Jump to content


Photo
- - - - -

When Buying A Thompson...


  • Please log in to reply
12 replies to this topic

#1 Mike Hammer

Mike Hammer

    Long Time RKI Member

  • Regular Group
  • 768 posts
  • Gender:Male
  • Location:Louisiana
  • Interests:Travel, sun worshiper, margaritas, hot chicks, painting, scuba diving, movies, collecting movie memorabilia and autographs, guns, hot chicks, micro-beers, hot chicks, and did I say hot chicks?

Posted 01 November 2004 - 12:06 AM

When buying a gun from an out of state dealer whom I don't know and who is asking for all the money up front for a Thompson, what can I do on my part to make sure that I will actually get the gun when the paperwork clears? Do I need to draw up a formal bill of sale or contract or is this something the dealer should provide? What board would be the best to ask if anyone has delt with a particular dealer? What are the risks in transactions like this, these guns are now being sold for big $$$ and paying up front seems like a risky venture when you won't receive the goods for several months. dry.gif
  • 0

#2 colt21a

colt21a

    Respected Member

  • Regular Group
  • 3465 posts
  • Gender:Male
  • Location:arizona desert.
  • Interests:Whatever we can do in Life

Posted 01 November 2004 - 12:18 AM

mike the best way is if you feel not easy about something don't do it and don't buy thompson's...most want all the money..i wish i could buy everything c.o.d.but it does not work that way at all...you have to take chances with this stuff sometimes..

and if its a really big deal. fly out and see it.mostly on my deal's i would give a serial number and send everything else on what is included in the deal.upon payment in full.then the rec.when paperwork clear's.this way the buyer has peace of mind when he's made payment...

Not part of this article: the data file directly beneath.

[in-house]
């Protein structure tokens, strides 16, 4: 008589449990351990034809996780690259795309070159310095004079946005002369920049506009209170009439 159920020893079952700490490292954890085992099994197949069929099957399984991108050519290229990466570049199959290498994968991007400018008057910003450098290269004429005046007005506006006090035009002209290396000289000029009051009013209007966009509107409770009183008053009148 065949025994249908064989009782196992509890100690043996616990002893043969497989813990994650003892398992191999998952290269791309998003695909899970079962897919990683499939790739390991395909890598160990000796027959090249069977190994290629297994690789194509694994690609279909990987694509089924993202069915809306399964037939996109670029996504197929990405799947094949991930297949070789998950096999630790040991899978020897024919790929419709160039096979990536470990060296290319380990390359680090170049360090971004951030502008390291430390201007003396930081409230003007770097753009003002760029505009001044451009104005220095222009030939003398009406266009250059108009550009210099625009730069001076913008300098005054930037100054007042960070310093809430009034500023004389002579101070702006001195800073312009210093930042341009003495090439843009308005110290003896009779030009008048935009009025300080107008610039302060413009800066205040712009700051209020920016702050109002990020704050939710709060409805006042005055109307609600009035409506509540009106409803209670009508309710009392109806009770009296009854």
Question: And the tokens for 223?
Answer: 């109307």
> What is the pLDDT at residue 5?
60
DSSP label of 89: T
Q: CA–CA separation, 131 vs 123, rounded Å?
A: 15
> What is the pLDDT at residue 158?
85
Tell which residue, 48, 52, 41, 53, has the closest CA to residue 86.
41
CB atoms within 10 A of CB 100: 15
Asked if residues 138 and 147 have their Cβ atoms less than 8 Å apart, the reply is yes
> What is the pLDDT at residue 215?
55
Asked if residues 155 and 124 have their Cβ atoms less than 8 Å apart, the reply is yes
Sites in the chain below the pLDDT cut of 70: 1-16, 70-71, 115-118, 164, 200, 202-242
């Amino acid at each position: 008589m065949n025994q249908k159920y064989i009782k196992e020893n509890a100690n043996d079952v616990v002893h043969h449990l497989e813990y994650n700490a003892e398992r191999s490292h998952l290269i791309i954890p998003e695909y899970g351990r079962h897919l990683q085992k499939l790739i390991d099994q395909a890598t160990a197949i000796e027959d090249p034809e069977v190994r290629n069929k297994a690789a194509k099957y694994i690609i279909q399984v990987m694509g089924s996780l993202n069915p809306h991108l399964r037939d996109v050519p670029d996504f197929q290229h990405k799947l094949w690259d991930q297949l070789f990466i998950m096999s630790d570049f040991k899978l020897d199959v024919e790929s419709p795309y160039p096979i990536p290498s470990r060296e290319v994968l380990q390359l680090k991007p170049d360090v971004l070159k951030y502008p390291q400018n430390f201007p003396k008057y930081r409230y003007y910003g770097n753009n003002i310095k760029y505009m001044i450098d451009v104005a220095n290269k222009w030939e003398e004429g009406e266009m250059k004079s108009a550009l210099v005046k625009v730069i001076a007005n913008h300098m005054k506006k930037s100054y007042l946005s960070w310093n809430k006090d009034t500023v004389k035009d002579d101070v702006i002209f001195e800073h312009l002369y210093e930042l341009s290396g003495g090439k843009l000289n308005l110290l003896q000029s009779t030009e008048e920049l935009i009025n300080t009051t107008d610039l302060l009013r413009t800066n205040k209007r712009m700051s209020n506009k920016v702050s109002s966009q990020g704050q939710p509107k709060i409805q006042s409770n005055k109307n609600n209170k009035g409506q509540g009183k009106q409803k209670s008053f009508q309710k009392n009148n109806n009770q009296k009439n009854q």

for somebody that won't do that for you,step back quick!!!

since you really own it all upon payment in full..its just the paper you are going to wait on...i did deals like that for years...only had one mishap on a mp-40 some years ago...and the guy got ancy.and wanted refund...he got it and he shipped everything back....now years later he is probably kickin his own arse.since the gun went up over $4,000.00 to $5,000.00 buck's{ i laugh sold it to another dealer and got my money back the same week!!}

we all live and learn....good luck in whatever you find and buy out there.....its getting more hairy with all the greed.rip- artists.selling krap...and saying it's great.....

sad to say it will get worse before better....

take care,ron
  • 0

#3 Sig

Sig

    Respected Member and Board Benefactor

  • Moderator
  • 1626 posts
  • Gender:Male

Posted 01 November 2004 - 06:41 AM

Mike

For the $ we are talking about today especially when condition dictates so much of the value one should if at all possible go see the TSMG. Both of my Colt TSMG's I went to see before committing, in both cases the dealer agreed to hold it for my inspection one asking for a small deposit. If you can not go see it have one of the many board members who knows you go look for you and be your eyes and ears. In my opinon the TSMG world is too visible for much opportunity for fraud thus in my case I was quite comfortable just inspecting the TSMG's and making the deal and leaving. I was most interested in confirming condition which was the reason I went to go see them.